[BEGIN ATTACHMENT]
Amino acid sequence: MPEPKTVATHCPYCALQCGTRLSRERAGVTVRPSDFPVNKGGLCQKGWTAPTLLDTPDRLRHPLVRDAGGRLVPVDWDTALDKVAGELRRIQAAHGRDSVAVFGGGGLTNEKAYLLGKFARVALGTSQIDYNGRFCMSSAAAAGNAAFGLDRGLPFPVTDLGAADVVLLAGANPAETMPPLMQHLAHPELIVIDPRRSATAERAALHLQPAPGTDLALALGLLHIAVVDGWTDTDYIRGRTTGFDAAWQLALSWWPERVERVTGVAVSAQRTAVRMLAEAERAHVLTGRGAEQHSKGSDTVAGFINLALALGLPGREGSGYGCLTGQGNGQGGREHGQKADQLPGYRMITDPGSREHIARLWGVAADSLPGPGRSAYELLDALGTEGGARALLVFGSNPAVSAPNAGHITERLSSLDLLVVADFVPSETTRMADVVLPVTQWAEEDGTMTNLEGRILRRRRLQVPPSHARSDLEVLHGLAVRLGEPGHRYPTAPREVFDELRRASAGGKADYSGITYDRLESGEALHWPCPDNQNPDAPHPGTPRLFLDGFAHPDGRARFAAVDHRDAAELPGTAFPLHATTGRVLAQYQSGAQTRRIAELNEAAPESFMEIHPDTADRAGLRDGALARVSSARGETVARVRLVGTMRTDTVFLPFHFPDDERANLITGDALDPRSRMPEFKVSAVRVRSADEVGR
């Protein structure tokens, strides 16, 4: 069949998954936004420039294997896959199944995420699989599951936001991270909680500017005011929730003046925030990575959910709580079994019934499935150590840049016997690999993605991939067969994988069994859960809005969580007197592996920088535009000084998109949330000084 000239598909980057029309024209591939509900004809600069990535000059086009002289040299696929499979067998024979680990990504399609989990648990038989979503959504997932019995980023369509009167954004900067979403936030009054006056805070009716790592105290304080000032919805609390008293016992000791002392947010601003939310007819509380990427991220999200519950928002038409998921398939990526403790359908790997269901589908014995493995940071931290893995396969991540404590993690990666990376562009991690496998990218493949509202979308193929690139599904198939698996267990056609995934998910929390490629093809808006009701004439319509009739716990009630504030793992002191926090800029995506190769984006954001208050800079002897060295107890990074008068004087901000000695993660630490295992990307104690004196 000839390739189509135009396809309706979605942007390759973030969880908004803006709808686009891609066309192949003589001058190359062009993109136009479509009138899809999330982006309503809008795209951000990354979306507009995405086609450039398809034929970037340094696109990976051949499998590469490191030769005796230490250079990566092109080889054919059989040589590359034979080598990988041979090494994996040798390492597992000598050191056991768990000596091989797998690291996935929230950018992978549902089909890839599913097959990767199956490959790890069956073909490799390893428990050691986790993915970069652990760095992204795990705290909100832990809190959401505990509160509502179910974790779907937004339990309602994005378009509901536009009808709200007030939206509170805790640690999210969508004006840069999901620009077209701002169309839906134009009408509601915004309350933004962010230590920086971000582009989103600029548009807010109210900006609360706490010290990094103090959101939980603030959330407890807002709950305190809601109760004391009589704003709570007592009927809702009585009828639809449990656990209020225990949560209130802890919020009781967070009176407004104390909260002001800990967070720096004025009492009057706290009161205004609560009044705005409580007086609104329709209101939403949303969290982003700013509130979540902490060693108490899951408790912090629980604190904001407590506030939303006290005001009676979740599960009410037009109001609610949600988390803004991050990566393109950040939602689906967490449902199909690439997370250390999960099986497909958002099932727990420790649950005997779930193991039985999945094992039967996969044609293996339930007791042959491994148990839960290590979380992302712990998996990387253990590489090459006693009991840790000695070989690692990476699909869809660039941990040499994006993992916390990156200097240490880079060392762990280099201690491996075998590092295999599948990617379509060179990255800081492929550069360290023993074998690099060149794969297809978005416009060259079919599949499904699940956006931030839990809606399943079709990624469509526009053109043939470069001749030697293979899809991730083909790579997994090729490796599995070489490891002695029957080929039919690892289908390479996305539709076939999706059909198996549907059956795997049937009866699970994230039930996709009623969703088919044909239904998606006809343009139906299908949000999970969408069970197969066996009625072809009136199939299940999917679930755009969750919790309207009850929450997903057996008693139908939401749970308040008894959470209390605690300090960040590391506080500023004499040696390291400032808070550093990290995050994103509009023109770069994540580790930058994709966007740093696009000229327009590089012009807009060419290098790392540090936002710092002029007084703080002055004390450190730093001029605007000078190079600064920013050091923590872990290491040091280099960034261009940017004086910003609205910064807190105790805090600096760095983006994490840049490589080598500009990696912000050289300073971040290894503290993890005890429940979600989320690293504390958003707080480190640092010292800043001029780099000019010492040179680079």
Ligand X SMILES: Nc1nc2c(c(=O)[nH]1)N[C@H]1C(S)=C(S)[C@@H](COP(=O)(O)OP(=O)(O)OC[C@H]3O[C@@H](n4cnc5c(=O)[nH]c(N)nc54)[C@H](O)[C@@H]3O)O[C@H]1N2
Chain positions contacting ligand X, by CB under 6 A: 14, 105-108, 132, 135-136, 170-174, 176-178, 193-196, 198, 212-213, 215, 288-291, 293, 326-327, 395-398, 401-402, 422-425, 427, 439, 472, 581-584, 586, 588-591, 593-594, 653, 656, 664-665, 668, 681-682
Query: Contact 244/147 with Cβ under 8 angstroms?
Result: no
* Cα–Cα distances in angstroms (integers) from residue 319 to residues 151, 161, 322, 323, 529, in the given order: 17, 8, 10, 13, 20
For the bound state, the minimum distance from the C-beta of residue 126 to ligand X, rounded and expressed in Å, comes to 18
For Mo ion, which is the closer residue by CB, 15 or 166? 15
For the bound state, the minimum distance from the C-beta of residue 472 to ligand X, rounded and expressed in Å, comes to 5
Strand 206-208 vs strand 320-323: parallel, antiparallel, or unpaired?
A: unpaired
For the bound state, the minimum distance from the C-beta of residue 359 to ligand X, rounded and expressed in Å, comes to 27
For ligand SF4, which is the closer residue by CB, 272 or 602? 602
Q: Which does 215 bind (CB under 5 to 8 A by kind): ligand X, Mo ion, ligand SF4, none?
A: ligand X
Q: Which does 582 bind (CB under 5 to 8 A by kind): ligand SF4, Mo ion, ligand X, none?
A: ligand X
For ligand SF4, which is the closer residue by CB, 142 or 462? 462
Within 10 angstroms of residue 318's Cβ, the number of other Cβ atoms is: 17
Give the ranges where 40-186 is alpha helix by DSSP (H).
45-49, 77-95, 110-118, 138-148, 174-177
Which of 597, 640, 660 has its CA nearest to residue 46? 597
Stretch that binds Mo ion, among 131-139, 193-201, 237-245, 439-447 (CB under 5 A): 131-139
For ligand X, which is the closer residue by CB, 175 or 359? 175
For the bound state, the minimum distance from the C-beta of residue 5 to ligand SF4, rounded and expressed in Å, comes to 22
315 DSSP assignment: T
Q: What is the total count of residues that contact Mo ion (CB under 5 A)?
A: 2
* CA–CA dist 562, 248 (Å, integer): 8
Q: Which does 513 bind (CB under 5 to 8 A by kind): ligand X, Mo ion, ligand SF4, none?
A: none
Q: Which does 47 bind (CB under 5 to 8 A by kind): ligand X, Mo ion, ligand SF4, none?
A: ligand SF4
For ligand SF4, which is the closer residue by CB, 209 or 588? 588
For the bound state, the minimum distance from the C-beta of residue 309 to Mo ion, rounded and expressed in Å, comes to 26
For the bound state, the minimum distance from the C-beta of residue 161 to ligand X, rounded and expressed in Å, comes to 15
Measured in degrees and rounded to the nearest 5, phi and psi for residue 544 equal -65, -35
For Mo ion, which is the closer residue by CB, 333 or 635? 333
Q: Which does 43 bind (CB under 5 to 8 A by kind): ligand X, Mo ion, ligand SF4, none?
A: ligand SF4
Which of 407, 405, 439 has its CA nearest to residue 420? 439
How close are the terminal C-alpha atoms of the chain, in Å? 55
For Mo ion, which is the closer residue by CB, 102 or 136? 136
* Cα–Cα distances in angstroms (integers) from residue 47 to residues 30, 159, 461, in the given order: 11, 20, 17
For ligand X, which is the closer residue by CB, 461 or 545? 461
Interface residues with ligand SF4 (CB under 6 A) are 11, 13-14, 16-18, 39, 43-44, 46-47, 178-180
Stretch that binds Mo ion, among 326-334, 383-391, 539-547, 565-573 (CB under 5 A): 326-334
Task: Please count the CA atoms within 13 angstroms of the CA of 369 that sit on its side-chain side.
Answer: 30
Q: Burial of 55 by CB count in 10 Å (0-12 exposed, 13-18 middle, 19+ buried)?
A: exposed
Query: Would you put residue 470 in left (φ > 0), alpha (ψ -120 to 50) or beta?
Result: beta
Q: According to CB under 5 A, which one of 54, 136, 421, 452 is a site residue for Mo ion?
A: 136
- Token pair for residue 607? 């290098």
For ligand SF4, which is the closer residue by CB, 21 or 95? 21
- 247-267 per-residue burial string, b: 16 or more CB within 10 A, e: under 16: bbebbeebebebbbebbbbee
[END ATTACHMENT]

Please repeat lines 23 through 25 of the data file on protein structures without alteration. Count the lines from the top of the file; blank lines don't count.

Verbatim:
Which of 597, 640, 660 has its CA nearest to residue 46? 597
Stretch that binds Mo ion, among 131-139, 193-201, 237-245, 439-447 (CB under 5 A): 131-139
For ligand X, which is the closer residue by CB, 175 or 359? 175